As a technology company, of course, Inmarsat looks well beyond 2017 to make the satellite investments that ensure customers continue to choose our services, and these investments also have consequences for seafarer safety. Inmarsat continues to invest in the I-5 satellite constellation behind the launch of the Fleet Xpress service, for example, which has secured commitments from more than 10,000 vessels since its launch last year.

Naturally, during a shipping down-cycle, attention has focused on the ship efficiency and crew welfare benefits offered by the Fleet Xpress combination of high speed Ka-Band and reliable L-Band. However, the shipboard bandwidth on-demand and content pre-positioning available through Fleet Xpress also bring breakthrough safety gains. The service can enable telemedicine, where remote real-time intervention by a medical team using bandwidth on-demand could be a matter of life and death.

Again, Fleet Media services can include training content, at a time when computer-based training companies see online seafarer profiling as critical tools to better manage crew competence and career paths.

Inmarsat also sees safety and security as two sides of the same coin. Where SafetyNET and SafetyNET II are concerned, for example, the same messaging system used for safety is the source of International Maritime Bureau piracy incident reporting. In the Fleet Xpress context, we will address the rise of cybercrime through the launch a new United Threat Management (UTM) system before the end of 2017.

Surveys we have commissioned tell us that over 90% of seafarers have had no cyber security training at all, but around half have experienced a cyber security incident. Keeping ships safe today includes protecting the software they are running, but also protecting ships systems from the inadvertent introduction of malware. On one hand, then, the Inmarsat UTM system isolates compromised terminals onboard until the threat can be neutralised. On the other, Inmarsat is part of the new IACS joint working group, which is working towards a harmonised approach to cyber security, and is developing a new cyber training course in collaboration with the World Maritime University.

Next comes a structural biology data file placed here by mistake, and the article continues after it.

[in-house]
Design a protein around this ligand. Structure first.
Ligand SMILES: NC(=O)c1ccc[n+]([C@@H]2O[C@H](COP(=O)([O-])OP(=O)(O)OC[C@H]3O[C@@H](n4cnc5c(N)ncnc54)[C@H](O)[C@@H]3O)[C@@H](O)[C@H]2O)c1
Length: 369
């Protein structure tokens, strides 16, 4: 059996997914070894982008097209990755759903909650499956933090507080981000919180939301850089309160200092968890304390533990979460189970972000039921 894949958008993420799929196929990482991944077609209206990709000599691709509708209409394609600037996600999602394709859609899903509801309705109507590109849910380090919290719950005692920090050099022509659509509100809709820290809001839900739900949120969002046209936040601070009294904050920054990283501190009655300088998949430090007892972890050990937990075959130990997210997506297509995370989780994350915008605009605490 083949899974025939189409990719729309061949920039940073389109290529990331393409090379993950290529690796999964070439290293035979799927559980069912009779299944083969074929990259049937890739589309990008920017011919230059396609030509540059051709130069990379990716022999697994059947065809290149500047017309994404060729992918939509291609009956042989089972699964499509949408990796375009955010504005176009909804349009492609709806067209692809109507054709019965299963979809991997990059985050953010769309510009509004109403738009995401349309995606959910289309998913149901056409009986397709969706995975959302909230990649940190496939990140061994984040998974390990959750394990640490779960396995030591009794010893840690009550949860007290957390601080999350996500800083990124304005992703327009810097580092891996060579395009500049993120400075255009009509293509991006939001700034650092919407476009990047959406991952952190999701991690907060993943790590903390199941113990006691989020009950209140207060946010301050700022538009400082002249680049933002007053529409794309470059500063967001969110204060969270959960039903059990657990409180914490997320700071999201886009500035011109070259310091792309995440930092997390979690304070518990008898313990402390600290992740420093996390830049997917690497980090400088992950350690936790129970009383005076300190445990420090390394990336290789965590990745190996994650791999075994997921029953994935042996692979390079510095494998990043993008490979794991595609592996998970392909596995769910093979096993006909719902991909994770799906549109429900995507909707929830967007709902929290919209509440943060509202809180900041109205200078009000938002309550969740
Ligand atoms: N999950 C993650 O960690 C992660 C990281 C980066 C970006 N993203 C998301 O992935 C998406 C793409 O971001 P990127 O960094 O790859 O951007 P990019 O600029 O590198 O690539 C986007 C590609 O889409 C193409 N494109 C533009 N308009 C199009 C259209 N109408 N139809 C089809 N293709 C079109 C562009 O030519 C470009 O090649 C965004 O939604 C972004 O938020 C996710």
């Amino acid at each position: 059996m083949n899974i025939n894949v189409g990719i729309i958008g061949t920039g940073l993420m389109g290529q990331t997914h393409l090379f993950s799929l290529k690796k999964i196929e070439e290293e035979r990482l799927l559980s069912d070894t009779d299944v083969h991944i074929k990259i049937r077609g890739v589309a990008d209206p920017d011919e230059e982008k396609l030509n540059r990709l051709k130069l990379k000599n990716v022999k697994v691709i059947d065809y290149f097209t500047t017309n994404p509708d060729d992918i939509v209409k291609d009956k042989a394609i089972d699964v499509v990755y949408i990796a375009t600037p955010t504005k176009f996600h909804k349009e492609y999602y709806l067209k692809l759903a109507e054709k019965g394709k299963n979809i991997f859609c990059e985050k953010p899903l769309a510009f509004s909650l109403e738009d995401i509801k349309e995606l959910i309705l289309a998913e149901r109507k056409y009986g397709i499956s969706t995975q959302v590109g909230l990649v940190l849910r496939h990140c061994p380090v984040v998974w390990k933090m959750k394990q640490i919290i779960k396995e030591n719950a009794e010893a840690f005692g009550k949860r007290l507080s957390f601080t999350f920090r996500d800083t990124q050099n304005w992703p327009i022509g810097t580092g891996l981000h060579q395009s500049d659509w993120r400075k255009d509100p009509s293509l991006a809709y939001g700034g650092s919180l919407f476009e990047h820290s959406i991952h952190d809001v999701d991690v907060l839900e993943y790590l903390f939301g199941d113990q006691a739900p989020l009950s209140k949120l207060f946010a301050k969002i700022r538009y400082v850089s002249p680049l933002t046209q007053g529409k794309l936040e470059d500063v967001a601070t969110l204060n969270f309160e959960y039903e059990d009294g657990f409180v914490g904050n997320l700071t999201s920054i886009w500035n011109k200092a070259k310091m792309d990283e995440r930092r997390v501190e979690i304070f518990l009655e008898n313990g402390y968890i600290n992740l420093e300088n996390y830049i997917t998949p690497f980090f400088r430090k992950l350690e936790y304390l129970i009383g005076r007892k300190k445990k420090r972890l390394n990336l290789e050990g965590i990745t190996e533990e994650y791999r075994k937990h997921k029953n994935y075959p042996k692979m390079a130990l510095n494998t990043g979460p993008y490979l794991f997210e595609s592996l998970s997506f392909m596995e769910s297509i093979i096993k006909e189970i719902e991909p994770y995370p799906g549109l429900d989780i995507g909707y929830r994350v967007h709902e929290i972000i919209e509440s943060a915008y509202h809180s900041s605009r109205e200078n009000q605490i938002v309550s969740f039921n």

We are convinced that greater familiarity with security procedures will deliver improved safety at sea. Furthermore, the maritime industry has a responsibility to ensure that social media is a positive influence. Pre-emption provisions ensure that GMDSS always takes precedence over ‘chatter’ but, for young seafarers, social media is simply the medium for communication – and that goes for letting those at home know they are safe, or in trouble.

In 2001, I was the Chief Technology Officer for Station 12, at a time when telex lease lines were still considered the secure messaging route to the MRCC. That may sound like the stone age, but it has only been in the last 15 years since we as an industry shifted over to IPsec Tunnels.

My point is that enhancing safety at sea relies on a culture of continuous improvement which is forward-looking enough to take advantage of the latest technical developments, but flexible enough to carry an entire industry with it.

Even after a decade in service, for example, FleetBroadband usage is still growing, and plans are in place to extend its availability long into the future: the $600 million we have already committed to two I-6 satellites for the early part of the next decade will operate as Ka-band/L-band hybrids to support the Ka-band capability of the I-5 satellites, but also the FleetBroadband now offered via I-4 satellites.

Indeed, as far as the future of safety at sea is concerned, it's important that users don't believe newer solutions automatically displace tried and tested technologies. Inmarsat-C has been the backbone of GMDSS for 26 years and is onboard 160,000 ships: it is due to be migrated to I-4 satellites and, ultimately, it will also migrate to the I-6s.

Ronald Spithout is president of Inmarsat Maritime.

The opinions expressed herein are the author's and not necessarily those of The Maritime Executive.